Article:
King Canute eh? What an arrogant tosser, thinking he could command the tide not to come in. Except I already knew he wasn’t – that he had (probably) pulled the stunt – if he ever did- to get some of his more over-enthusiastically sycophantic courtiers to knock it off. What I didn’t know was that a corking academic article had been written about him – or rather, using his story to make some points about structure, agency, yadder yadder yadder.
As per Paul Cairney’s advice –
If you’re still with me, have a quick look at Hay’s King Canute article(or my summary of it). Yes, that’s right: he got a whole article out of King Canute. I couldn’t believe it either. I was gobsmacked when I realised how good it was too.
I went and read
Hay, C. 2009. King Canute and the ‘Problem’ of Structure and Agency: On Times, Tides and Heresthetics. Political Studies, Vol. 57, pp.260-279.
Far too much to go into in great detail, but here are some clips.;
In particular, the (various) stories of King Canute and the waves alert us to the need: (1) to maintain a clear distinction between the empirical and the ontological; (2) to resist the temptation to attempt an empirical adjudication of ontological issues (or, indeed, an ontological adjudication of empirical issues); (3) to differentiate clearly between the capacities of agents with respect to material/physical structures on the one hand, and social/political structures on the other; (4) to acknowledge the significance of unintended consequences; (5) to attend to the ‘performative’ dimensions of agency; and (6) to recognise the dangers inherent in an overly instrumental view of actors’ motivations and intentions.
This raises a first point of more general significance, and one all too frequently overlooked in both the existing literature on structure and agency and in political analysis more generally. It is simply stated as the need to differentiate very clearly between the capacities of actors to negotiate the opportunities and constraints presented to them by natural/physical structures and those presented to them by social/political structures.
Canute’s reign occurred at a time when sea levels were rising (Ettlinger, 1952, p. 236). Indeed, as many of the contemporary sources testify, in 1014 (the year he was declared king of England by the invading Danish forces with the death of his father), significant areas of the East of England in particular were submerged by unprecedentedly high tides. There was considerable loss of life (Anglo-Saxon Chronicle, E 1014, p.145; Henry of Huntingdon, 1996 [c.1140], vi, para 11, p. 355; William of Malmesbury, 1989 , para. 179, p. 165). Accordingly, by the early to mid-1020s, once Canute was more firmly established on the throne, it might well have appeared that the only threat to his sovereign authority came from the sea itself.9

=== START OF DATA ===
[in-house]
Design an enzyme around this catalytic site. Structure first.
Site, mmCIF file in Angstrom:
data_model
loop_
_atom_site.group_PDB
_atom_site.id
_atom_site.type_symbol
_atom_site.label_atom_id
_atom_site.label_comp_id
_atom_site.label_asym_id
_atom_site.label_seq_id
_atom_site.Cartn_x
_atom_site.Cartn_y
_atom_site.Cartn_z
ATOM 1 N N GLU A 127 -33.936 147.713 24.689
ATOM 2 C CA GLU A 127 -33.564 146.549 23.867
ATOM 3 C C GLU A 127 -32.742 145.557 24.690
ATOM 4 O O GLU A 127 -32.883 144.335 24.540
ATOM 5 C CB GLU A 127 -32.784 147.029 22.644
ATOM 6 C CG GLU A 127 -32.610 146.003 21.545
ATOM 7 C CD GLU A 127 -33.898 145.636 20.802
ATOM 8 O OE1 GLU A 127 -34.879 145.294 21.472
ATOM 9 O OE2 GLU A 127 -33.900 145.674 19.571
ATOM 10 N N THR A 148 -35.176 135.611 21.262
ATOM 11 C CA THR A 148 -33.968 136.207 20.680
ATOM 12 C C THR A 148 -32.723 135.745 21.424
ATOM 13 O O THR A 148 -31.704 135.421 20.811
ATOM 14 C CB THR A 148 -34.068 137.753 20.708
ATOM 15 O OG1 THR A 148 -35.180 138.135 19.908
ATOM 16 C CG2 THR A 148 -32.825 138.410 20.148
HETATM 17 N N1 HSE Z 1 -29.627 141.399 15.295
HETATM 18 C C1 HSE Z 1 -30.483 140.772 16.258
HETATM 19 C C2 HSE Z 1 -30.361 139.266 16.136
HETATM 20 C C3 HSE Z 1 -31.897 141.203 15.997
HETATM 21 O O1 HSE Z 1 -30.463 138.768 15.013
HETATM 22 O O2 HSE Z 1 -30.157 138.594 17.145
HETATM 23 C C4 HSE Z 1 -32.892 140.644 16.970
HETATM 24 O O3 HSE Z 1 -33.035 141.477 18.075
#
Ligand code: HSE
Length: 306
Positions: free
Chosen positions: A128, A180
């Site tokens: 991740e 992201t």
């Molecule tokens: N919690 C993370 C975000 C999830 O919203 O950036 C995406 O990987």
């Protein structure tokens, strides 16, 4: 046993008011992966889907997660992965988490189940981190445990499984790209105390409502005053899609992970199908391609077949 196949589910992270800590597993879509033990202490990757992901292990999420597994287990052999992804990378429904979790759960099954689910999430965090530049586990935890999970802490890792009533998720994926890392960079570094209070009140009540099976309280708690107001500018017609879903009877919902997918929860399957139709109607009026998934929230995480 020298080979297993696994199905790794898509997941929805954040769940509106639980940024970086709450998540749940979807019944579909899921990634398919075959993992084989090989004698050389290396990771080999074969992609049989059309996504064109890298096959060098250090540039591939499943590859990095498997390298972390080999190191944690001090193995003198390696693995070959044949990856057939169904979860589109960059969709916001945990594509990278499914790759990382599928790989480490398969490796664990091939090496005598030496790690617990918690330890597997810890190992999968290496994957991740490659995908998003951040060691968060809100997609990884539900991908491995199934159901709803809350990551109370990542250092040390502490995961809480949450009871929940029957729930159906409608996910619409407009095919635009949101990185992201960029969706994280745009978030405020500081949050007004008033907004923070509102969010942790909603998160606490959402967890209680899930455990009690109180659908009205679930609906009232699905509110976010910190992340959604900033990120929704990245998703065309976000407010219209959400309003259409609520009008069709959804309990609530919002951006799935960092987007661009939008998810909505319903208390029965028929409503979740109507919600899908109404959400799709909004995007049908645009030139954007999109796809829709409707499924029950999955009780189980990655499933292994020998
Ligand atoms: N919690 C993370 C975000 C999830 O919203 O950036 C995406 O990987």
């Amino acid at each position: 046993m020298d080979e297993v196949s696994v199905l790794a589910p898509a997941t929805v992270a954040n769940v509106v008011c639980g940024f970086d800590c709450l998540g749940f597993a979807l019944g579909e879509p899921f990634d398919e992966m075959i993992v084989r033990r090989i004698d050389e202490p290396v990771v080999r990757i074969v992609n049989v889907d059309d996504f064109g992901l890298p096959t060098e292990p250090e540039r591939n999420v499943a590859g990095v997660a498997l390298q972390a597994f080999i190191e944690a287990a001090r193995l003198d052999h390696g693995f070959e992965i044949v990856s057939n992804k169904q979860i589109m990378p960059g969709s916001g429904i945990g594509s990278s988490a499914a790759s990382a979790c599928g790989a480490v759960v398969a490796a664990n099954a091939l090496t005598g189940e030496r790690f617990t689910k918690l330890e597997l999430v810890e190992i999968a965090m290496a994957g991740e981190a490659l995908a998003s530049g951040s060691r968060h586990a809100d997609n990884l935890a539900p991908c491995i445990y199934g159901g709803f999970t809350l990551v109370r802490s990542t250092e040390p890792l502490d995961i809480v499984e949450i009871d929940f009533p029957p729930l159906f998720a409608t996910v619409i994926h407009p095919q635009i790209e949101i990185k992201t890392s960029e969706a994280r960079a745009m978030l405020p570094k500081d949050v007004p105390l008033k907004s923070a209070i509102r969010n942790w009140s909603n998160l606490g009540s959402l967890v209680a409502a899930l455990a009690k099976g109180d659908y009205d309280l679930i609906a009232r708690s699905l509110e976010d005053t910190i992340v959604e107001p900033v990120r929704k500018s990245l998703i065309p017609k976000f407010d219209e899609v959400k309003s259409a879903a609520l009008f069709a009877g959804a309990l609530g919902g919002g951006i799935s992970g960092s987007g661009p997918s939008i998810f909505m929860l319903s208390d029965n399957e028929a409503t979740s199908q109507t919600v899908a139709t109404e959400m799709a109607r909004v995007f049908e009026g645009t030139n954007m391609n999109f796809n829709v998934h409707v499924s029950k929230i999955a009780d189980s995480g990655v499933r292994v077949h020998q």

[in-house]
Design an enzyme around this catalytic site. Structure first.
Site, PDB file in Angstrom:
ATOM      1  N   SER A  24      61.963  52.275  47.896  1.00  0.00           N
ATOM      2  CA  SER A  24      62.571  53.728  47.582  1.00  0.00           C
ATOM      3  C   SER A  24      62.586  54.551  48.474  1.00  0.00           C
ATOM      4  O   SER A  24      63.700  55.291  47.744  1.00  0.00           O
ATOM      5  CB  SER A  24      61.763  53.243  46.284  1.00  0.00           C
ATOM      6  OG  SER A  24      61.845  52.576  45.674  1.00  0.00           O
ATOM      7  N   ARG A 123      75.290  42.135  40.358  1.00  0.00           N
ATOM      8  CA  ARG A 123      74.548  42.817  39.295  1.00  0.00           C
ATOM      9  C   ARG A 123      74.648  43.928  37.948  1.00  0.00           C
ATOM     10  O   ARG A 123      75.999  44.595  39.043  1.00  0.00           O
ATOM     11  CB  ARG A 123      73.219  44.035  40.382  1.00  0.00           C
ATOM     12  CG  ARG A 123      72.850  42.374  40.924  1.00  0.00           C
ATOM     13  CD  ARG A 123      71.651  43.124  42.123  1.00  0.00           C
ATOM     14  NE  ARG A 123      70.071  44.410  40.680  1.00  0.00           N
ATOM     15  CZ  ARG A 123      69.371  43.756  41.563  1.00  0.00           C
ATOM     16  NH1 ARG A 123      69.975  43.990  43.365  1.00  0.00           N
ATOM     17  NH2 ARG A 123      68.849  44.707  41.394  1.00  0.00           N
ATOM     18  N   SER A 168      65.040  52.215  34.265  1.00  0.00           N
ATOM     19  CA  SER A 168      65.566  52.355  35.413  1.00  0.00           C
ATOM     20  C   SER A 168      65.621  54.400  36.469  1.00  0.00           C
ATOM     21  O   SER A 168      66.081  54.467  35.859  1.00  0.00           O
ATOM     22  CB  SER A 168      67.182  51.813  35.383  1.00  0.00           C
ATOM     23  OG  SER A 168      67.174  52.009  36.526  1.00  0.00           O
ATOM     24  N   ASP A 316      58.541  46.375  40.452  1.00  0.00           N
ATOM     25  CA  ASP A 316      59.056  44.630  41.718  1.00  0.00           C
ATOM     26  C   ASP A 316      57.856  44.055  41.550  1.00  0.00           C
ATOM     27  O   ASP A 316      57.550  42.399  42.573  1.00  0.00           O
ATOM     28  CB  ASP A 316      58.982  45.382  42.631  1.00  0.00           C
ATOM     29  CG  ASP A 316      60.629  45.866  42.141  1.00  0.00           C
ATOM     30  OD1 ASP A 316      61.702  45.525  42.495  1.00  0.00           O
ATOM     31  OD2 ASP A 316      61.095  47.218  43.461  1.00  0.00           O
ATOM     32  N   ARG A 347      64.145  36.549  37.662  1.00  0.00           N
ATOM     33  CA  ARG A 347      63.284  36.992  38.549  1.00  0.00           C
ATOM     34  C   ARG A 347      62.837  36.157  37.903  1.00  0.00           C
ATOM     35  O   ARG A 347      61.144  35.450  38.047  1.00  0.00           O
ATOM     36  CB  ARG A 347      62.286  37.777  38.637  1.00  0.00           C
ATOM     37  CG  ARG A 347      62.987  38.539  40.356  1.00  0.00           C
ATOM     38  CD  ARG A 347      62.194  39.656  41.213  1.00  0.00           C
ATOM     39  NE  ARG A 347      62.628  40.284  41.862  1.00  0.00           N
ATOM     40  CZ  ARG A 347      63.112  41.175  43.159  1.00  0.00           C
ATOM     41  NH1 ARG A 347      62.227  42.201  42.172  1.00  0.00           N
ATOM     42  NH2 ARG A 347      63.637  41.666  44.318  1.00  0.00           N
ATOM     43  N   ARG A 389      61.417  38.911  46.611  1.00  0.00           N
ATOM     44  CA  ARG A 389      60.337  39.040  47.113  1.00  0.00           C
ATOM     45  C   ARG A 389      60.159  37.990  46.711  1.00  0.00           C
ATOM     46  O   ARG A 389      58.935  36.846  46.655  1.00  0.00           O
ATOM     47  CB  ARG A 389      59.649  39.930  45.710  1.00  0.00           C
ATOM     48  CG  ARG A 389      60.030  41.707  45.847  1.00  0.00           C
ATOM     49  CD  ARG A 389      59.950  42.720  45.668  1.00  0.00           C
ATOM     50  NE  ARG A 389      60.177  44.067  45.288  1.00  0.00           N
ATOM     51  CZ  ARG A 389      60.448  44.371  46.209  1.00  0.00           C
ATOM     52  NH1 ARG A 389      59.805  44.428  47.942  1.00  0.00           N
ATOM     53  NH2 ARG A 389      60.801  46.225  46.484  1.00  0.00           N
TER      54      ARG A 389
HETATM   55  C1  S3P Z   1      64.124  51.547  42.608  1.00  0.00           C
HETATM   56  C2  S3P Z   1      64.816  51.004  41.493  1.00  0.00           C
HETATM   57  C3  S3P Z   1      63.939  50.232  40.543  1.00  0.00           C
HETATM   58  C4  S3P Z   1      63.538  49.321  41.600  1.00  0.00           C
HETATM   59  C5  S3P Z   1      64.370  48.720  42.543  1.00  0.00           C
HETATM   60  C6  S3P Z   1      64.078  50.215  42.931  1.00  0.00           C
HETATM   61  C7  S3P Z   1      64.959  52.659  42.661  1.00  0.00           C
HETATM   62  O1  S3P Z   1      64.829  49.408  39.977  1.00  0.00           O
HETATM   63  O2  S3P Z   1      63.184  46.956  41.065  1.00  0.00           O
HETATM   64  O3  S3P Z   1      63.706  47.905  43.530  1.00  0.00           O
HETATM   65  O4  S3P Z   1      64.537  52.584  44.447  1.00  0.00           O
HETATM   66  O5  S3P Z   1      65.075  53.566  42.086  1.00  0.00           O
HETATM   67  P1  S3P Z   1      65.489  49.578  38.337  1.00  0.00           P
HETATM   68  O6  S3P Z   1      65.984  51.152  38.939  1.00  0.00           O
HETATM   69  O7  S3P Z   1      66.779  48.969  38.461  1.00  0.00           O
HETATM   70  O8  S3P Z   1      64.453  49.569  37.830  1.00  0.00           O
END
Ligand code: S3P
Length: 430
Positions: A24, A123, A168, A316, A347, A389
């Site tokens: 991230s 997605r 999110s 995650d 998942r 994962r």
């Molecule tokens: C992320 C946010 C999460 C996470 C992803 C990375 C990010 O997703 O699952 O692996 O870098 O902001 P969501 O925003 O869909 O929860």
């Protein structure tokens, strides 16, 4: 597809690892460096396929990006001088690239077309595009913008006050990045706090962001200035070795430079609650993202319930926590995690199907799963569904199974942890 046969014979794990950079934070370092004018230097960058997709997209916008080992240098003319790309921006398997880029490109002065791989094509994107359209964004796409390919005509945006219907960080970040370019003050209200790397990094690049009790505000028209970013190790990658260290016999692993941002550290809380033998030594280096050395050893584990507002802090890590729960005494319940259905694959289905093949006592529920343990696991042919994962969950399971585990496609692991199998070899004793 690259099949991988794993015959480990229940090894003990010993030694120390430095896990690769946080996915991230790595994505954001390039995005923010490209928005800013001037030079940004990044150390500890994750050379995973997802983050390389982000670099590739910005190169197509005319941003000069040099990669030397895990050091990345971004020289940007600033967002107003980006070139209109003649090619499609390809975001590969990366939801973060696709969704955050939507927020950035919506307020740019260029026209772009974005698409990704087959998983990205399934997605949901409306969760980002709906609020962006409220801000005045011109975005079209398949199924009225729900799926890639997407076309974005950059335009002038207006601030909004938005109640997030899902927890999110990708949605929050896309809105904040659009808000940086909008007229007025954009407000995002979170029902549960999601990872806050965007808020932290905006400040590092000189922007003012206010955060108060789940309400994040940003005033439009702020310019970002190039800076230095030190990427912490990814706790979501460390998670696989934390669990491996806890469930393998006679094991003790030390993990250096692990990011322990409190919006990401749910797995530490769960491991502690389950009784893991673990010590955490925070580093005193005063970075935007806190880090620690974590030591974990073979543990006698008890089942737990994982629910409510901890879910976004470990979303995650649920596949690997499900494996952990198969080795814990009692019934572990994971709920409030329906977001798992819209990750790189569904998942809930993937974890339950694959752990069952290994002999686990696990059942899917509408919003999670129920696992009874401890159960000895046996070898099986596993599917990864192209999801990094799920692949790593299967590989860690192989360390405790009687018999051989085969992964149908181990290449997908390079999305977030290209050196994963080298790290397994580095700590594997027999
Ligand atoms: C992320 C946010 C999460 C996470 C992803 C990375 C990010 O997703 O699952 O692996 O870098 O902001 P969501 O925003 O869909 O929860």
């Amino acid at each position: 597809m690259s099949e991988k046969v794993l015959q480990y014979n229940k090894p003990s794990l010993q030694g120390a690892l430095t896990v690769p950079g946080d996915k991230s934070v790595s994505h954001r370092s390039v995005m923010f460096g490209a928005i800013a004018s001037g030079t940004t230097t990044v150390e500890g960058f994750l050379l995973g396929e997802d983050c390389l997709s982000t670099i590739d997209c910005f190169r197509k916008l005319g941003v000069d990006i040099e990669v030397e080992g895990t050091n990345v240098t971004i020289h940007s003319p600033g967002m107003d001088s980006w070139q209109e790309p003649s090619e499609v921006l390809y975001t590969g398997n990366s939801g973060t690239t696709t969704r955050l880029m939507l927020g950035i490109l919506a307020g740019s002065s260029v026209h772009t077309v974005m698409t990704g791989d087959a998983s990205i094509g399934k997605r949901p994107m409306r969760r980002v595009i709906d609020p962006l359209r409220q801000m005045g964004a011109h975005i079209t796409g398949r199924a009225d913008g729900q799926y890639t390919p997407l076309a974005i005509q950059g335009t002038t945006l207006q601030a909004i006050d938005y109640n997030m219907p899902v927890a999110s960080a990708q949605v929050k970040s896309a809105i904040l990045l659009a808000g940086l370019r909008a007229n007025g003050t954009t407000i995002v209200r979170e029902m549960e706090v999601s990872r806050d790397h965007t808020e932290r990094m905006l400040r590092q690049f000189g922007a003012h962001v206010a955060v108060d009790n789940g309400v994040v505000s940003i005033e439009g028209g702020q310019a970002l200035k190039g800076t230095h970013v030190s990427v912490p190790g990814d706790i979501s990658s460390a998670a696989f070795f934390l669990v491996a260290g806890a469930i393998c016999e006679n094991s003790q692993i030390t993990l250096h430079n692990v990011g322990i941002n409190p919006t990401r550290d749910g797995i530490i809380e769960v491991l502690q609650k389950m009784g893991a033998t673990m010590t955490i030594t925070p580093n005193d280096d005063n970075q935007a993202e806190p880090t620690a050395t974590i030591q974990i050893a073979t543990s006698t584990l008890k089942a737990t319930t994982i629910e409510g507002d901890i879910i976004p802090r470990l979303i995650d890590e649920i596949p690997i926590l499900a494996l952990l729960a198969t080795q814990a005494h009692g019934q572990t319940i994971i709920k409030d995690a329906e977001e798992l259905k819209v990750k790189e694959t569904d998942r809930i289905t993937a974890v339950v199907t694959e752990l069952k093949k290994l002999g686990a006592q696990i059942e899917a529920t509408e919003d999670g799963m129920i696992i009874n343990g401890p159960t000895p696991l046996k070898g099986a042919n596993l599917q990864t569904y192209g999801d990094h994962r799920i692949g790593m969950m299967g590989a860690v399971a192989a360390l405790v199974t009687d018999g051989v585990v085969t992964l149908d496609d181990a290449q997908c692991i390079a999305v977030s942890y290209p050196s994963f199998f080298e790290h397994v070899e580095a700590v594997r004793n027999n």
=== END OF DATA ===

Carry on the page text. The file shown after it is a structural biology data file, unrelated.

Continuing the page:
… in William H. Riker’s terms he is revealed as something of a heresthetician. This rather interesting concept draws attention to the often overlooked artistic, rhetorical and performative dimensions of agency which arguably the story of Canute and the waves displays in abundance….
In the most general terms, a heresthetician is a creative agent who strives to alter decisively the strategic context in which he or she finds him or herself so as to render it more amenable to strategies for realising his or her intentions (Riker, 1982; 1984; 1986; see also McLean, 2002; Shepsle, 2003).
Yet it is not just the general category of heresthetics that is relevant here. For Riker goes on to identify three separate varieties of heresthetics. These he associates with control of the political agenda, strategic voting (logrolling and so forth) and, rather more importantly for our purposes, what he terms the ‘manipulation of issue dimensions’ (Riker, 1982, pp. 215–32; 1986).
Heresthetics is a KEY thing in the terrain building within which the streams ‘naturally’ flow…